a person who dedicates his or her life to a pursuit of contemplative ideals and practices extreme self-denial or self-mortification for religious reasons.
a person who leads an austerely simple life, especially one who abstains from the normal pleasures of life or denies himself or herself material satisfaction.
(in the early Christian church) a monk; hermit.
adjective Also, ascetical.
pertaining to asceticism.
rigorously abstinent; austere: an ascetic existence.
exceedingly strict or severe in religious exercises or self-mortification.

1640–50; < Greek askētikós subject to rigorous exercise, hardworking, equivalent to askē- (see askesis) + -tikos -tic

ascetically, adverb
nonascetic, noun, adjective
nonascetical, adjective
nonascetically, adverb
preascetic, adjective
pseudoascetic, adjective
pseudoascetical, adjective
pseudoascetically, adverb
unascetic, adjective
unascetically, adverb

acetic, aesthetic, ascetic.

3. anchorite, recluse; cenobite. 5. strict, frugal, plain. 6. fanatic.

5. self-indulgent. Unabridged
Based on the Random House Dictionary, © Random House, Inc. 2014.
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World English Dictionary
ascetic (əˈsɛtɪk)
1.  a person who practises great self-denial and austerities and abstains from worldly comforts and pleasures, esp for religious reasons
2.  (in the early Christian Church) a monk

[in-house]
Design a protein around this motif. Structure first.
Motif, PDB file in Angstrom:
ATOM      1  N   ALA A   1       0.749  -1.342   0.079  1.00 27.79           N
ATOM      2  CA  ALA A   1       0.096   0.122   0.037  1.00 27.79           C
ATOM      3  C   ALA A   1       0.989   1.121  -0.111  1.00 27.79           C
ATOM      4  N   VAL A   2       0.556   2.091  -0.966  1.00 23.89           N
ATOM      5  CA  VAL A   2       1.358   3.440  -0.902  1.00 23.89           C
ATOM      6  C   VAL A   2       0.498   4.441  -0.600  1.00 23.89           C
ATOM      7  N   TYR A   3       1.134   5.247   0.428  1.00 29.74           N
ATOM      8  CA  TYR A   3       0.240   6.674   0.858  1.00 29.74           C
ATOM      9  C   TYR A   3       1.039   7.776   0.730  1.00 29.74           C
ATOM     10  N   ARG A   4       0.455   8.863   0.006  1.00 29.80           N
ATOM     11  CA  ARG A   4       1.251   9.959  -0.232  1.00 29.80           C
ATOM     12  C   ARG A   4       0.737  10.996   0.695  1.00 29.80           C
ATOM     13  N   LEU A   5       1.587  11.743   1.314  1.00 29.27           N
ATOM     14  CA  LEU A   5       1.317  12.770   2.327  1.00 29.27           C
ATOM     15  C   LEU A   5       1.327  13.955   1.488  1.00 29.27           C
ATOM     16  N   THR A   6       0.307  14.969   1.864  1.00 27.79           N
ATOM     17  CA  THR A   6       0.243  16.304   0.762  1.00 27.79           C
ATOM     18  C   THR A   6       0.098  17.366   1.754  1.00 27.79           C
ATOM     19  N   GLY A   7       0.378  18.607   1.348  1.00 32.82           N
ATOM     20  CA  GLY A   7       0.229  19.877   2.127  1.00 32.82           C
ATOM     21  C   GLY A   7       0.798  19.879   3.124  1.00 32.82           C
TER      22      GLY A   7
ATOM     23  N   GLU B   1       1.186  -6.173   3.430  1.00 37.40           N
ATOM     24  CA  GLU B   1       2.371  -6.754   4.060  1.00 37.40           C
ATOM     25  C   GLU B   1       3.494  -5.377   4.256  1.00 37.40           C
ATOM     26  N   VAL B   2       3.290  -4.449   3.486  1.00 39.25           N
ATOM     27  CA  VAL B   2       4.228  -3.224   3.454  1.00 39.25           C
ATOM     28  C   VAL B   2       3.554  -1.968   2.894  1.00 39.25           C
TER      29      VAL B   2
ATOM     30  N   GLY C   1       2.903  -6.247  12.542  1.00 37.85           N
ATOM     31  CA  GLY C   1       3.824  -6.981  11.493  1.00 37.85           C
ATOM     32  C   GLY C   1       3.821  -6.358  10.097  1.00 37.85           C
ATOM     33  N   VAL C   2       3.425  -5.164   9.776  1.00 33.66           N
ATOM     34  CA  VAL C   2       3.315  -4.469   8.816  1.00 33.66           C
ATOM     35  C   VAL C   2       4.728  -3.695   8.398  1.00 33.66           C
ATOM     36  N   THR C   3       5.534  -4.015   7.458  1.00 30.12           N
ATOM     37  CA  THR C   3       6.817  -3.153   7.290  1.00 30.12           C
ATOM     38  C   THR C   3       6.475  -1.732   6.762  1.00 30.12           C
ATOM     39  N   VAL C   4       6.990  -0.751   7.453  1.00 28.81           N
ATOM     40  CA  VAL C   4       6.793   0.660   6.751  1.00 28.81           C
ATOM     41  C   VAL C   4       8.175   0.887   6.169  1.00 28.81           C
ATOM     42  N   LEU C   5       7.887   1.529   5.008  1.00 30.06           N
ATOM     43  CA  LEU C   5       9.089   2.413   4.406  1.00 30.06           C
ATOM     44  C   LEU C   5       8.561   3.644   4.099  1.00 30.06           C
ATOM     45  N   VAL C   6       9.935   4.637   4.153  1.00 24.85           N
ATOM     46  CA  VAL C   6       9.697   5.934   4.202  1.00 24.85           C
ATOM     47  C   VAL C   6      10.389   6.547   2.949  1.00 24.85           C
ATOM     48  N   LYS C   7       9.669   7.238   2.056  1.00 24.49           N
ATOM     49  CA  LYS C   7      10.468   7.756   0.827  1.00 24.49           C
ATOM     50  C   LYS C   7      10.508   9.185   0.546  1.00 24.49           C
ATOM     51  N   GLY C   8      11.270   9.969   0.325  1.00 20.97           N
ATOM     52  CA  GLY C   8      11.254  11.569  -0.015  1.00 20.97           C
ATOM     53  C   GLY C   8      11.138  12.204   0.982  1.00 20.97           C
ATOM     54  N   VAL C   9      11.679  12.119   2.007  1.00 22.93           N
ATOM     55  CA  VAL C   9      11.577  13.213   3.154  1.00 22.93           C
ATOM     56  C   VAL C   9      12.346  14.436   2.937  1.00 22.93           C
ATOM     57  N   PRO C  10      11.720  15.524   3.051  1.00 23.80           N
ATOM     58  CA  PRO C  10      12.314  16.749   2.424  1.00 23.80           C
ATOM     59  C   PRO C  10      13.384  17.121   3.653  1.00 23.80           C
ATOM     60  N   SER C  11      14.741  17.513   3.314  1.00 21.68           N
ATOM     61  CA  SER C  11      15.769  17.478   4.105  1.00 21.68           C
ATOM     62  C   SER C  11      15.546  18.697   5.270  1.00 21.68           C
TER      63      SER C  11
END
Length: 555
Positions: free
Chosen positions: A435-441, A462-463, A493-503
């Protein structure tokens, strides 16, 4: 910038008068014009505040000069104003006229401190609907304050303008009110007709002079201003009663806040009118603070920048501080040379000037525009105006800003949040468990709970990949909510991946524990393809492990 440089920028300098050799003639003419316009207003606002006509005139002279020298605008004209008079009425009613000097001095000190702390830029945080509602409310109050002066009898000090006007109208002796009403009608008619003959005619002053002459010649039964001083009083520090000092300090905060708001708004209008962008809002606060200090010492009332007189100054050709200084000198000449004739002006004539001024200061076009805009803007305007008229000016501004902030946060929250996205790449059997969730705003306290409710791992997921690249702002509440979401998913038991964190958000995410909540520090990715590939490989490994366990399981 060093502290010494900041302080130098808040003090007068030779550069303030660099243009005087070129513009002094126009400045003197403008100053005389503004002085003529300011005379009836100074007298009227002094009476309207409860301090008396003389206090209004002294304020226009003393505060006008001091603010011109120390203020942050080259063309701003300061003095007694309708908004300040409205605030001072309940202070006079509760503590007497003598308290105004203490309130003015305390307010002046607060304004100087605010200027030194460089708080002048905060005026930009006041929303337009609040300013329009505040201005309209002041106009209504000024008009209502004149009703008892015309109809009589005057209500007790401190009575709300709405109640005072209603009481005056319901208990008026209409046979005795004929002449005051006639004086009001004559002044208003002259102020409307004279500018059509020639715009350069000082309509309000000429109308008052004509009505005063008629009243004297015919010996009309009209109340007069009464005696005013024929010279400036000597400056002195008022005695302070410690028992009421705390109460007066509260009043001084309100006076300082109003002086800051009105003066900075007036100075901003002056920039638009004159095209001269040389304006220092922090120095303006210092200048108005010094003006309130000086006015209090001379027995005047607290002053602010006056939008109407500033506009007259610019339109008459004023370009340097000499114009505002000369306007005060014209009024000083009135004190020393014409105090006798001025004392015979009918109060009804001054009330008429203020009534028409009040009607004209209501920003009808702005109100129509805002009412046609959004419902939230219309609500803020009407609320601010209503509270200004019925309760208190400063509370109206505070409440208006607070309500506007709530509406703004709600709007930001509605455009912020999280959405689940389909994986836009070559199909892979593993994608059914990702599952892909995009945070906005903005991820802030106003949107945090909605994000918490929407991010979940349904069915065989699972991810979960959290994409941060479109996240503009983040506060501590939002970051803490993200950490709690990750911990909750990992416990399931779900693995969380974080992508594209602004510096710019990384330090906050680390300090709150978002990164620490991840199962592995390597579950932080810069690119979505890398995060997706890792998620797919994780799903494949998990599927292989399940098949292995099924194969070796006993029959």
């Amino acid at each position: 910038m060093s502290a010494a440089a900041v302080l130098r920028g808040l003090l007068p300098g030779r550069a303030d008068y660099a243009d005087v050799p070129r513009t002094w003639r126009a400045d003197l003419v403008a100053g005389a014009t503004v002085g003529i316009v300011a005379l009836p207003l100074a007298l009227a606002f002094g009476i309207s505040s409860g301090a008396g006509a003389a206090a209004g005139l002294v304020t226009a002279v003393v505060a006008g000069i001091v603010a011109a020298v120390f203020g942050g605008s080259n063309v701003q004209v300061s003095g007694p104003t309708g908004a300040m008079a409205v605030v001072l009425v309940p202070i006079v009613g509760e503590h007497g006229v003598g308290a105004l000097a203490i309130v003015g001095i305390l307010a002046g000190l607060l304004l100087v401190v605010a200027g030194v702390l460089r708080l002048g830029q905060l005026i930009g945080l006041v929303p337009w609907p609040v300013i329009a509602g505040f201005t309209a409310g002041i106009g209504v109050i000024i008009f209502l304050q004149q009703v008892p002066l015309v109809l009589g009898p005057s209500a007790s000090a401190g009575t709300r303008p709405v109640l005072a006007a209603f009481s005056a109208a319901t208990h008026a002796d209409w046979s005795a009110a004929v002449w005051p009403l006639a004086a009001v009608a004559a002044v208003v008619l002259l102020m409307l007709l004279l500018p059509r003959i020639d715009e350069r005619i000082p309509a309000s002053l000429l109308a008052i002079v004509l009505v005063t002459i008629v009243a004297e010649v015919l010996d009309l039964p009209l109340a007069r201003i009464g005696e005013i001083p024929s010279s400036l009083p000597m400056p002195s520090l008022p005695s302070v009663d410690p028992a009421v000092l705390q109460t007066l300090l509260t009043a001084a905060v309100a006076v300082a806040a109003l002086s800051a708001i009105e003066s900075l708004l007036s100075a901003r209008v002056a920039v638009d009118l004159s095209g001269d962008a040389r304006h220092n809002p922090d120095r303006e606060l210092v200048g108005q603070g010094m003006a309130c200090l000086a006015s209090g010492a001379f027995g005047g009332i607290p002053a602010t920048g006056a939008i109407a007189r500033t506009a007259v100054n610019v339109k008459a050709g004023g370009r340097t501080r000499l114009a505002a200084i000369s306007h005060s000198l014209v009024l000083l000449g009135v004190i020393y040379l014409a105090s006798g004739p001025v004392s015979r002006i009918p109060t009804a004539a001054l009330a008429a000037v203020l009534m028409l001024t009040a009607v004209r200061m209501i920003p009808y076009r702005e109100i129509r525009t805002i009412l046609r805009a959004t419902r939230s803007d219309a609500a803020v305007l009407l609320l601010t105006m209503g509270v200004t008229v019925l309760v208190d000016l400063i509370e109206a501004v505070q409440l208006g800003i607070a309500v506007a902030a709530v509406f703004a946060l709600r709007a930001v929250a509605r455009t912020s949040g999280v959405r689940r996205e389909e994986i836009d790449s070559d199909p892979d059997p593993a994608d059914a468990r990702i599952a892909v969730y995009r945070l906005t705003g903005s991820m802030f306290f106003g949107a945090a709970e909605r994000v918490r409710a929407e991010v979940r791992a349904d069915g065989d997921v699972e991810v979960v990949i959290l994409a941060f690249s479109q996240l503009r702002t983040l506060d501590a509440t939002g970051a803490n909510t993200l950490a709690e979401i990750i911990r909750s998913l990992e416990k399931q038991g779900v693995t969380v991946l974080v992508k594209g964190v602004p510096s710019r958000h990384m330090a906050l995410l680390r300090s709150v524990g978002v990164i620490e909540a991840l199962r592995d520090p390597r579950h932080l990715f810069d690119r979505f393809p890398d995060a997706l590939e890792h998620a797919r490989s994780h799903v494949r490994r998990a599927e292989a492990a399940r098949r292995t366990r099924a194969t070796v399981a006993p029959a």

3.  rigidly abstinent or abstemious; austere
4.  of or relating to ascetics or asceticism
5.  intensely rigorous in religious austerities
[C17: from Greek askētikos, from askētēs, from askein to exercise]

Collins English Dictionary - Complete & Unabridged 10th Edition
2009 © William Collins Sons & Co. Ltd. 1979, 1986 © HarperCollins
Publishers 1998, 2000, 2003, 2005, 2006, 2007, 2009
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Word Origin & History

1640s, from Gk. asketikos "rigorously self-disciplined," from asketes "monk, hermit," from askein "to exercise, train," originally "to train for athletic competition, practice gymnastics, exercise." The noun meaning "one of the early Christians who retired to the desert to live solitary lives of meditation
and prayer" is from 1670s.
Online Etymology Dictionary, © 2010 Douglas Harper
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Example sentences
Despite unconventional appearances, his designs are practical and ascetically pleasing.
The displays should be ascetically pleasing and informative.
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